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PostPosted: Tue Apr 26, 2011 2:24 pm 

Joined: Tue Apr 26, 2011 2:17 pm
Posts: 5
Location: Jamestown, NC
First of all, I am new here and think I will enjoy being a member. I think I am pretty knowledgeable about the correct things to put into my compost pile but I came across this list that I think has a few questionable items (dairy products, soggy cereal, canned vegetable liquid, etc). I was wondering what everyone thought about these items and anything else you see on here that might catch your eye.

Paper napkins
Freezer-burned vegetables
Burlap coffee bags
Pet hair
Potash rock
Post-it notes
Freezer-burned fruit
Wood chips
Bee droppings
Lint from behind refrigerator
Popcorn (unpopped, 'Old Maids,' too)
Freezer-burned fish
Old spices
Pine needles
Matches (paper or wood)
Seaweed and kelp
Chicken manure
Leather dust
Old, dried up and faded herbs
Bird cage cleanings
Paper towels
Brewery wastes
Grass clippings
Hoof and horn meal
Molasses residue
Potato peelings
Unpaid bills
Gin trash (wastes from cotton plants)
Rabbit manure
Hair clippings from the barber
Stale bread
Coffee grounds
Wood ashes
Tea bags and grounds
Shredded newspapers
Egg shells
Cow manure
Winter rye
Grapefruit rinds
Pea vines
Houseplant trimmings
Old pasta
Grape wastes
Garden soil
Powdered/ground phosphate rock
Corncobs (takes a long time to decompose)
Jell-o (gelatin)
Blood meal
Winery wastes
Spanish moss
Fish meal
Aquarium plants
Beet wastes
Sunday comics
Harbor mud
Felt waste
Wheat straw
Peat moss
Kleenex tissues
Milk (in small amounts)
Soy milk
Tree bark
Starfish (dead ones!)
Melted ice cream
Flower petals
Pumpkin seeds
Q-tips (cotton swabs: cardboard, not plastic sticks)
Expired flower arrangements
Elmer's glue
BBQ'd fish skin
Bone meal
Citrus wastes
Stale potato chips
Rhubarb stems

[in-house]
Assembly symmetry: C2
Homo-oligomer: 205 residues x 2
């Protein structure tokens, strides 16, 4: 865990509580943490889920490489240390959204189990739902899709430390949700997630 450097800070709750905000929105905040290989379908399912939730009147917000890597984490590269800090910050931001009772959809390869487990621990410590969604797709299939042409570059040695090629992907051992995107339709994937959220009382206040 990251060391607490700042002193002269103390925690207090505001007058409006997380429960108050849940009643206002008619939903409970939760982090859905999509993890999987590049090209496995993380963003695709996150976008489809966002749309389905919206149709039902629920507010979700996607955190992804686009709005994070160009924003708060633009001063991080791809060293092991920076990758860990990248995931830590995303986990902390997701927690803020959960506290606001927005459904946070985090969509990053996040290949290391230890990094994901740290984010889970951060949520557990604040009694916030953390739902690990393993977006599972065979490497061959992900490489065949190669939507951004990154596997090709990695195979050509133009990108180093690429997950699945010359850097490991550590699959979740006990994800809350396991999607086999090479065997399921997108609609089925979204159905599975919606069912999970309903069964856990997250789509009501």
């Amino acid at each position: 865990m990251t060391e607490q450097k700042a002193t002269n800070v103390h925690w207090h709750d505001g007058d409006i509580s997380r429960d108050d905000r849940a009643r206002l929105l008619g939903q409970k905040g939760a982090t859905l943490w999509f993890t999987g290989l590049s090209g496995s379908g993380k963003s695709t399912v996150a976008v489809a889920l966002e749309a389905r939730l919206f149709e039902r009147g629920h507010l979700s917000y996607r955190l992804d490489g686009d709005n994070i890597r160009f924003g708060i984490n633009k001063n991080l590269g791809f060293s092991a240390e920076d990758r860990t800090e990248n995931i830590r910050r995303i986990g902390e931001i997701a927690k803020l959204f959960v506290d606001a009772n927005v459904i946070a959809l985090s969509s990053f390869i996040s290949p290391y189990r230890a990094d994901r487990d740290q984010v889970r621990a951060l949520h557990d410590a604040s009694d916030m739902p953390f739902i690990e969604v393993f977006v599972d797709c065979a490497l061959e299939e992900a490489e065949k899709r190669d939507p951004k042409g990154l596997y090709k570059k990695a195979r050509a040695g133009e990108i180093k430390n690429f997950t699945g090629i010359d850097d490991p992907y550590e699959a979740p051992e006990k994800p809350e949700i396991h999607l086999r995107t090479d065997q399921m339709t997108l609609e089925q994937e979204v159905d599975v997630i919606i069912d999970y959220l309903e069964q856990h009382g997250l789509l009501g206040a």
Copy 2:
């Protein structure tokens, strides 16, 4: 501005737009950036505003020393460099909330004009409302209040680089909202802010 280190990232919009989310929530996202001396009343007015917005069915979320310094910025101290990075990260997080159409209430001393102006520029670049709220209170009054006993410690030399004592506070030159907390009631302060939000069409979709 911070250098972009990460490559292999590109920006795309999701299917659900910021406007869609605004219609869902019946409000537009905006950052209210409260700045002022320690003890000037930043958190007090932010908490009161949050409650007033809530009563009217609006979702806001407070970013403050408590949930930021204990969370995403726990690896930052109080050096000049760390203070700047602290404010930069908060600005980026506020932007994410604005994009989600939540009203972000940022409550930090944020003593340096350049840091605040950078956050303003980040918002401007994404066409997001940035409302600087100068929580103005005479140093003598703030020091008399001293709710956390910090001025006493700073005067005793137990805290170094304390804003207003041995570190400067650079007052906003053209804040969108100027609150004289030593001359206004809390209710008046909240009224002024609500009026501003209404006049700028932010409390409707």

Old leather gardening gloves
Tobacco wastes
Bird guano
Hog manure
Dried jellyfish
Wheat bran
Guinea pig cage cleanings
Nut shells
Cattail reeds
Granite dust
Moldy cheese
Shredded cardboard
Dolomite lime
Cover crops
Quail eggs (OK, I needed a 'Q' word)
Rapeseed meal
Bat guano
Fish scraps
Tea bags (black and herbal)
Apple cores
Electric razor trimmings
Kitchen wastes
Outdated yogurt
Toenail clippings
Shrimp shells
Crab shells
Lobster shells
Pie crust
Leather wallets
Onion skins
Bagasse (sugar cane residue)
Watermelon rinds
Date pits
Goat manure
Olive pits
Peanut shells
Burned oatmeal (sorry, Mom)
Lint from clothes dryer
Bread crusts
Cooked rice
River mud
Tofu (it's only soybeans, man!)
Wine gone bad (what a waste!)
Banana peels
Fingernail and toenail clippings
Chocolate cookies
Wooden toothpicks
Moss from last year's hanging baskets
Stale breakfast cereal
'Dust bunnies' from under the bed
Pencil shavings
Wool socks
Artichoke leaves
Leather watch bands
Fruit salad
Tossed salad (now THERE's tossing it!)
Brown paper bags
Soggy Cheerios
Theater tickets
Lees from making wine
Burned toast
Animal fur
Horse manure
Vacuum cleaner bag contents
Coconut hull fiber
Old or outdated seeds
Macaroni and cheese
Liquid from canned vegetables
Liquid from canned fruit
Old beer
Wedding bouquets
Greeting card envelopes
Dead bees and flies
Horse hair
Peanut butter sandwiches
Dirt from soles of shoes, boots
Fish bones
Ivory soap scraps
Spoiled canned fruits and vegetables
Produce trimmings from grocery store
Cardboard cereal boxes (shredded)
Grocery receipts
Urine (It's true! Read the letters below)

I am serious about my vegetable garden

PostPosted: Tue Apr 26, 2011 4:46 pm 
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Joined: Wed Jul 02, 2003 8:09 pm
Posts: 1793
Location: Fort Worth,TEXAS
What an odd list? Sounds like something Shel Silverstein kept to draw from for his imaginative poems. (See "Sarah Cynthia Sylvia Stout Would Not Take the Garbage Out."

The compost can be very forgiving, and if you occasionally have any of those organic materials ("the list") and you bury them in the pile, they'll break down. Keeping in mind that too much of just about anything can alter the makeup of the pile. Mud, mineral rocks, I probably wouldn't add them to the pile, and some of the items listed, in even modest quantities, could be difficult to manage. How many feathers and burlap coffee bags did the list maker have in mind?